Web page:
Category: Wildlife

Orangutans live in the tropical rainforests of Borneo and northern Sumatra. The Bornean species is also found in swampy areas. Orangutans live on fruits, insects, leaves and flowers. Their lifespan in the wild ranges from 30 to 40 years, while they live up to 60 years in captivity.

Bornean Orangutan

Bornean Orangutan

Male Orangutan

Male Orangutan

Female Orangutan with Baby

Female Orangutan with Baby

Baby Orangutan

Baby Orangutan

Scientific & Common Names

Kingdom - Animalia

Phylum - Chordata

Class - Mammalia

Order - Primates

Suborder - Haplorhini

Family - Homonidae

Subfamily - Ponginae

Genus - Pongo

Species & Common Names - P. abelii (Sumatran Orangutan), P. pygmaeus (Bornean Orangutan)


Both species of orangutans have red hair covering their bodies, legs, head and long arms, but Bornean orangutans tend to have darker red coats and thicker hair. Sumatran orangutans have longer, finer hair and white hair on their face and groin. They’re thinner than Bornean orangutans, with adults weighing between 66 and 198 pounds and measuring 4 to 6 feet in length. Adult Bornean orangutans weigh an average of 191 pounds and measure 3 to 4 feet in length.


Bornean orangutans breed all year round, while Sumatran orangutans breed during the rainy seasons. Females of both species have an average gestation period of 245 days and give birth to one or two offspring. Sumatran orangutans don’t become independent until they’re 8 or 9 years old, while Bornean orangutans become independent when they’re between 5 and 8 years of age.


Both species of orangutans are mostly solitary, although Sumatran orangutans are a bit more social than their Bornean counterparts. Orangutans in general spend a lot of their time in trees and are mainly active during the day. When they interact with others, they do so through occasional play and vocalization. They also engage in nonsocial play and grooming and are known for being highly intelligent. They make a wide range of facial expressions as well.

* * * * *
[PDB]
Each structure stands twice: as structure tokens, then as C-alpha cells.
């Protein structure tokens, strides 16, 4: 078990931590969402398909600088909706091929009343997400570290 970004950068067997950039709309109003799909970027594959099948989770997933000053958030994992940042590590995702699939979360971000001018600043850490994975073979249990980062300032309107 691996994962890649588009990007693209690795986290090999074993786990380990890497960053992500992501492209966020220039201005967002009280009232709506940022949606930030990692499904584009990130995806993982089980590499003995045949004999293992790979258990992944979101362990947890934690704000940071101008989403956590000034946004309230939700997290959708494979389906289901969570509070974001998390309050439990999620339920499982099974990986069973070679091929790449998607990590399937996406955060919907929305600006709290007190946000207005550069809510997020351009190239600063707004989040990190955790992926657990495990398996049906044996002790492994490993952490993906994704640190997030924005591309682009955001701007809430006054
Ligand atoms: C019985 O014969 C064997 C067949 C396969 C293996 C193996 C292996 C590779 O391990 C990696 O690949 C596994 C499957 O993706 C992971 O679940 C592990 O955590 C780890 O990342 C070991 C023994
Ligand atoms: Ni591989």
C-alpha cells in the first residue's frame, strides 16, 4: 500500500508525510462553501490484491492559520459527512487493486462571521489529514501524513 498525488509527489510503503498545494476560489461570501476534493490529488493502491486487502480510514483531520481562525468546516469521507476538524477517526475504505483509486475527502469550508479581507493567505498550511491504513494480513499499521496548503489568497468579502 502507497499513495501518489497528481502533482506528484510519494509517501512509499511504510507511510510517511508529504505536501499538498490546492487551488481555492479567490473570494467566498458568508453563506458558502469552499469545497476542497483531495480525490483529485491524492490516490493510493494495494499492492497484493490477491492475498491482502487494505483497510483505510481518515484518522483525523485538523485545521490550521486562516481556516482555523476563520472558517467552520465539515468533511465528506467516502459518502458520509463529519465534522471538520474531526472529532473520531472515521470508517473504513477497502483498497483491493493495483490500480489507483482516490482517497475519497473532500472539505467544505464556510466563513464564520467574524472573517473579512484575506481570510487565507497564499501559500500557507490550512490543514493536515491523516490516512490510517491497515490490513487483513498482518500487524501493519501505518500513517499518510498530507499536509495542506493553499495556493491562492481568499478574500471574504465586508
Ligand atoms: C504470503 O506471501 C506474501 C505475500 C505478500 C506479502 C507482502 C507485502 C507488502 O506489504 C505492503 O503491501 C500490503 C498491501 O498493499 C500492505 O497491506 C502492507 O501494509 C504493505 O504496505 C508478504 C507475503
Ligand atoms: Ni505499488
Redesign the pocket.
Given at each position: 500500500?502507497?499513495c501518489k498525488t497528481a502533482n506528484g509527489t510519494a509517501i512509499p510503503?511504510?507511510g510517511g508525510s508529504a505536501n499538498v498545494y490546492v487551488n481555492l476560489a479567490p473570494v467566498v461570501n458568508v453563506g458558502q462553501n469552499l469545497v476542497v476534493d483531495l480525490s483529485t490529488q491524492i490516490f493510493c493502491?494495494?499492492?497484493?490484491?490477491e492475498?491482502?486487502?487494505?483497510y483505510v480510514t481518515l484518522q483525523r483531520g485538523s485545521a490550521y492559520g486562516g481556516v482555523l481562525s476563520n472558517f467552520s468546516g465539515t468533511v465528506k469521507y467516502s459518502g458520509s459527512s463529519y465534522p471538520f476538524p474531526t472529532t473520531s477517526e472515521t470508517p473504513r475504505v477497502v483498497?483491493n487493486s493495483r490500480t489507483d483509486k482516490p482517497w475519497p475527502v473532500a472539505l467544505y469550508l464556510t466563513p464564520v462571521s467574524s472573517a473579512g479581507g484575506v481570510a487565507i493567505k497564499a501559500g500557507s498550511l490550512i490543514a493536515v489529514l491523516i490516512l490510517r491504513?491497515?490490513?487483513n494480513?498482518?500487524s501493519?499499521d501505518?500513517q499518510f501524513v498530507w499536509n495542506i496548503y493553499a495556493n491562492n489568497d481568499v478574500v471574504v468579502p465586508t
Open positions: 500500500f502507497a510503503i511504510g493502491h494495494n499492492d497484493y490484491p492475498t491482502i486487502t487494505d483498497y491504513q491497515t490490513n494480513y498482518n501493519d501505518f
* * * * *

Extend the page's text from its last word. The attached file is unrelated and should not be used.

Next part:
The Sumatran orangutan used to be considered a subspecies of the Bornean orangutan, but it now has its own classification as a separate species. Sumatran orangutans have lost more than 80 percent of their population during the last 75 years and are now found only in the northernmost part of Sumatra. Bornean orangutans have declined by more than 50 percent over the last 60 years.

Present Status

Sumatran orangutans are classified as Critically Endangered, with roughly 7,300 remaining in the wild. Bornean orangutans are listed as Endangered and number between 45,000 and 69,000 in the wild, according to the most recent estimates. Deforestation, mainly through logging, is the main cause of decline for both species. Both are protected by domestic legislation.